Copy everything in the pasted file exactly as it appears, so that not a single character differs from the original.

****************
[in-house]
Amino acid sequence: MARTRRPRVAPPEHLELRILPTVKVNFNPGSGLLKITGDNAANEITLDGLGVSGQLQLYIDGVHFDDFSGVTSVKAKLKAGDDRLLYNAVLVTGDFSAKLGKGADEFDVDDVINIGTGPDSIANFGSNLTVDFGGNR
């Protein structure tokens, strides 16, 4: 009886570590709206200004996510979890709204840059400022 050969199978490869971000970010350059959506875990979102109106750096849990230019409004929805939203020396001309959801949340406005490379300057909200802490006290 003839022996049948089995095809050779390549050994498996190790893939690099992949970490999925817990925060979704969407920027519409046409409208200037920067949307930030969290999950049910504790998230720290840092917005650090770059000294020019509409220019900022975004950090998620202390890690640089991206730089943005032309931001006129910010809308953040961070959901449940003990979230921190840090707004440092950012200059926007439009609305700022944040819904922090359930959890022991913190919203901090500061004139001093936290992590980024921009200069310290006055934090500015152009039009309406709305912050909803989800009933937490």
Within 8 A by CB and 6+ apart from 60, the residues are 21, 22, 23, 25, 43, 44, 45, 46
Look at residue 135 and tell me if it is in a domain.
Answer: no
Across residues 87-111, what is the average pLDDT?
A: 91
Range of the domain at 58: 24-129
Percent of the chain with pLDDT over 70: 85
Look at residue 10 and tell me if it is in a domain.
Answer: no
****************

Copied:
[in-house]
Amino acid sequence: MARTRRPRVAPPEHLELRILPTVKVNFNPGSGLLKITGDNAANEITLDGLGVSGQLQLYIDGVHFDDFSGVTSVKAKLKAGDDRLLYNAVLVTGDFSAKLGKGADEFDVDDVINIGTGPDSIANFGSNLTVDFGGNR
């Protein structure tokens, strides 16, 4: 009886570590709206200004996510979890709204840059400022 050969199978490869971000970010350059959506875990979102109106750096849990230019409004929805939203020396001309959801949340406005490379300057909200802490006290 003839022996049948089995095809050779390549050994498996190790893939690099992949970490999925817990925060979704969407920027519409046409409208200037920067949307930030969290999950049910504790998230720290840092917005650090770059000294020019509409220019900022975004950090998620202390890690640089991206730089943005032309931001006129910010809308953040961070959901449940003990979230921190840090707004440092950012200059926007439009609305700022944040819904922090359930959890022991913190919203901090500061004139001093936290992590980024921009200069310290006055934090500015152009039009309406709305912050909803989800009933937490």
Within 8 A by CB and 6+ apart from 60, the residues are 21, 22, 23, 25, 43, 44, 45, 46
Look at residue 135 and tell me if it is in a domain.
Answer: no
Across residues 87-111, what is the average pLDDT?
A: 91
Range of the domain at 58: 24-129
Percent of the chain with pLDDT over 70: 85
Look at residue 10 and tell me if it is in a domain.
Answer: no